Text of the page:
Saturday I won the Lifetime Fitness Triathlon in Minneapolis. When I started racing professionally, Lifetime was the most prestigious race in Olympic Distance non-drafting, and it has been a dream of mine to be able to put a victory from that race on my resume. The fact that it still draws one of the most competitive fields, and that I won against three of the raceâ€™s past champions makes the victory that much sweeter.
What I didnâ€™t win, however, were the races within the race. I had the fourth fastest swim, the second fastest bike and the third fastest run splits. I also lost the equalizer by 19 seconds.
The equalizer Iâ€™m referring to is the men vs women race for the Toyota Triple Crown. This is how it works: at Minneapolis, New York City and Oceanside the women will start ahead of the men by a predicted handicap (based on prior yearâ€™s results). The men try to catch the women by the end of the race and the man or woman with the fastest combined time (including handicaps for the men) for the three races wins the Triple Crown prize of $50,000. In Minneapolis I started 10 minutes 1 second behind the women and finished 19 seconds behind Alicia Kaye. Meaning for me to win I need to hold off the other men and be 19 seconds faster than Alicia in the next two Triple Crown Races on August 3rd and October 26th.
The race takes place south of Minneapolis at Lake Nakomis. I exited the water this year right with Cameron Dye, Hunter Kemper and Kevin Everett. Through transition I lost some time, but in the first couple of miles I managed to pull even with Cameron. I wanted badly to take the lead, but it seemed like Cam was sprinting to keep my from passing him. Itâ€™s not the first time Iâ€™ve had that experience and I finally gave up and settle into my own pace. Cam pulled away from me slowly and by the last 10km of the bike I could no longer see him. Hunter fell back into a pack and ended up a couple of minutes down along with Greg Bennett, Kevin and some other guys. Chris Foster had a bad swim but moved up on the bike and started running within striking distance of the podium.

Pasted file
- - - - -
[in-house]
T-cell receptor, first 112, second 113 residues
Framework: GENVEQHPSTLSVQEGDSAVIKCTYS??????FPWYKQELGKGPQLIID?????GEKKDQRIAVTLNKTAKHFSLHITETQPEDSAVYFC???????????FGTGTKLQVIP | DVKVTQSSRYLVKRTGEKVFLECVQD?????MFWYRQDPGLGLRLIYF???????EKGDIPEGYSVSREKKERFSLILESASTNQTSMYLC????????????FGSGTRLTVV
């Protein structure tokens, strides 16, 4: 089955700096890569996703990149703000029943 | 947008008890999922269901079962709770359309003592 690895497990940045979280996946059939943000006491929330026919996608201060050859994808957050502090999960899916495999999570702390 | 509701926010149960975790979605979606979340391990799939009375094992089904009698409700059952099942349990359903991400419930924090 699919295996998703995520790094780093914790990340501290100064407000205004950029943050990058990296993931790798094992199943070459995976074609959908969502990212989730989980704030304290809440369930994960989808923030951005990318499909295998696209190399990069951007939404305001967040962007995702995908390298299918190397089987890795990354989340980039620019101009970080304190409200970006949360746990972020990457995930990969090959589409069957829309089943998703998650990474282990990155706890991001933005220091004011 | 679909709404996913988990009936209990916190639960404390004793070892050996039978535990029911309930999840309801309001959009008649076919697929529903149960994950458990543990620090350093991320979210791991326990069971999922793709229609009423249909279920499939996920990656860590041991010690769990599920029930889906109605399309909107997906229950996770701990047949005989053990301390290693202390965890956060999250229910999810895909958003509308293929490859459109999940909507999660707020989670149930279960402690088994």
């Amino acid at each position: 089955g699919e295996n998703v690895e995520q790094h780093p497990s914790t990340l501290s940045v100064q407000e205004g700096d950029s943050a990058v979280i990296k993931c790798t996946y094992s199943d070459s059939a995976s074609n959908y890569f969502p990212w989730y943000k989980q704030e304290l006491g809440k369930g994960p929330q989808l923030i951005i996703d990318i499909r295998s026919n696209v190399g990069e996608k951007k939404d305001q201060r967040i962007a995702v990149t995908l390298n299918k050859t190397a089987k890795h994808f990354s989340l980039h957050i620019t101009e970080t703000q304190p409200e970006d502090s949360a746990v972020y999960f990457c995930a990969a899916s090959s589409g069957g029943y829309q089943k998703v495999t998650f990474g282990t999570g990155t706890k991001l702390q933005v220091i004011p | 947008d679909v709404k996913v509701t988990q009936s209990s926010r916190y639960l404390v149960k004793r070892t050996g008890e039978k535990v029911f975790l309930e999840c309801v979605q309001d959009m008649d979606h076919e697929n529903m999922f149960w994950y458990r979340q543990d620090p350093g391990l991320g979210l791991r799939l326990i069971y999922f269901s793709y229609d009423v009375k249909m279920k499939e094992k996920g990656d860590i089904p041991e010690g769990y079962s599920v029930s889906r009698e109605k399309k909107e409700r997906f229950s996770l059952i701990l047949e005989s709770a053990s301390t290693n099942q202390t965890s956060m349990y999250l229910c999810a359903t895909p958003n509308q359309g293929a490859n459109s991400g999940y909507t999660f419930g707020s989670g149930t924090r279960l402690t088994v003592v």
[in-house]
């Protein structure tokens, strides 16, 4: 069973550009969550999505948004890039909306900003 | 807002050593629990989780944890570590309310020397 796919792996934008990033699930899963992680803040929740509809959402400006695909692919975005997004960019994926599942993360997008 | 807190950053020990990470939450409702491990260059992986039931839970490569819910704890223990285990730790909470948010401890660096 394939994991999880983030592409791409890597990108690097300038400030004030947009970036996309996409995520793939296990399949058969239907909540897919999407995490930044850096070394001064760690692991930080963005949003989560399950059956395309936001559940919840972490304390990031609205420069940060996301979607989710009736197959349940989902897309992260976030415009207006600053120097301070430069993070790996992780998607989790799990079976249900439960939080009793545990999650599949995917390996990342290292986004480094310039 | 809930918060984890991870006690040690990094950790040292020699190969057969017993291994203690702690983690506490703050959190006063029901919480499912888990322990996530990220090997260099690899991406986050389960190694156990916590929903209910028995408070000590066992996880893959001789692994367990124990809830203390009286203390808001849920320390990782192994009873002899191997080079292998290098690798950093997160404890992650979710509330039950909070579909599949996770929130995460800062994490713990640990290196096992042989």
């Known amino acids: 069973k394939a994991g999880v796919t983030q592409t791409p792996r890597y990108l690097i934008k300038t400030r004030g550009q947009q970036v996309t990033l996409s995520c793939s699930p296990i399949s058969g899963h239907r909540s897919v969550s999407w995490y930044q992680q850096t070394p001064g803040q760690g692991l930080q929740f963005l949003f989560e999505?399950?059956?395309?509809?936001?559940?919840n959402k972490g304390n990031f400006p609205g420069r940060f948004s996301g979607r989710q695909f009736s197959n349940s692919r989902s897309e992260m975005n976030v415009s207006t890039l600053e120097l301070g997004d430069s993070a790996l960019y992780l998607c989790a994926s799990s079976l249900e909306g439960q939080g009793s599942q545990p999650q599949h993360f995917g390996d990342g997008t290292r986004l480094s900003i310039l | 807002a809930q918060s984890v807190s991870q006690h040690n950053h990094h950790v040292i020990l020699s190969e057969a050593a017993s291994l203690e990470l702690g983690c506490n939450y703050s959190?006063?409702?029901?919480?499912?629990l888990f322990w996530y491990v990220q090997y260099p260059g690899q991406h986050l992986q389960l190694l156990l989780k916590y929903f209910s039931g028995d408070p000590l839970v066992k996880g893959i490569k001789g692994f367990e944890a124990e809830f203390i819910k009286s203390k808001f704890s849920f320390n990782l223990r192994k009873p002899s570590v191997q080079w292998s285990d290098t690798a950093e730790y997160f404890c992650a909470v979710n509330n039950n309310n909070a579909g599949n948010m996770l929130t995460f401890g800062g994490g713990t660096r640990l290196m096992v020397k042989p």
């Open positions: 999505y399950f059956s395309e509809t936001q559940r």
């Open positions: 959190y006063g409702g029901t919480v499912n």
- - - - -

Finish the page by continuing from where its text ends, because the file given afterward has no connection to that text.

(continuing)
I started the run with no knowledge of my distance from Cam, and it wasnâ€™t until the first mile marker, with an out-and-back section over a bridge, that I saw I was about 40 seconds back. When I saw him he was passing Sarah McClarty, who was the second female at the time, and I started to wonder if Alicia could be close as well (out of transition I was told 3:55 to Alicia). I passed Sarah at mile 2, and by then I could see Cam up the road. I focused on breathing and turnover and by the 3rd mile I was within striking distance of Cam.
At the half way point I was told that Alicia was two minutes ahead, then moments later another spectator said 2:25. Thatâ€™s a big difference! One means I had closed half the gap, the other time means I was still going to lose by a lot!
At mile 4 I passed Cam, and as he tried to stay with me I told myself to keep steady, knowing that a surge now could slow me down and I still needed to catch Alicia. At the bridge I thought I saw Alicia go by, but it may have been a mirage. I was really hurting as I headed into the last two miles and I could feel my lungs tightening up. Cam had fallen back and I knew it was now my race to lose. I wanted to catch Alicia, but I was legitimately worried that if I ran faster now I might now make it to the finish. It wasnâ€™t until the six mile marker that I finally saw Alicia, but it was too late. She was entering the finish chute and I was too far back to catch her.
I crossed the line with a smile, won the menâ€™s race, but still felt that sting of loss for failing to catch Alicia. Maybe in New York.
Thanks to TriJuice.com and Nick Morales for posting some great pictures from the race.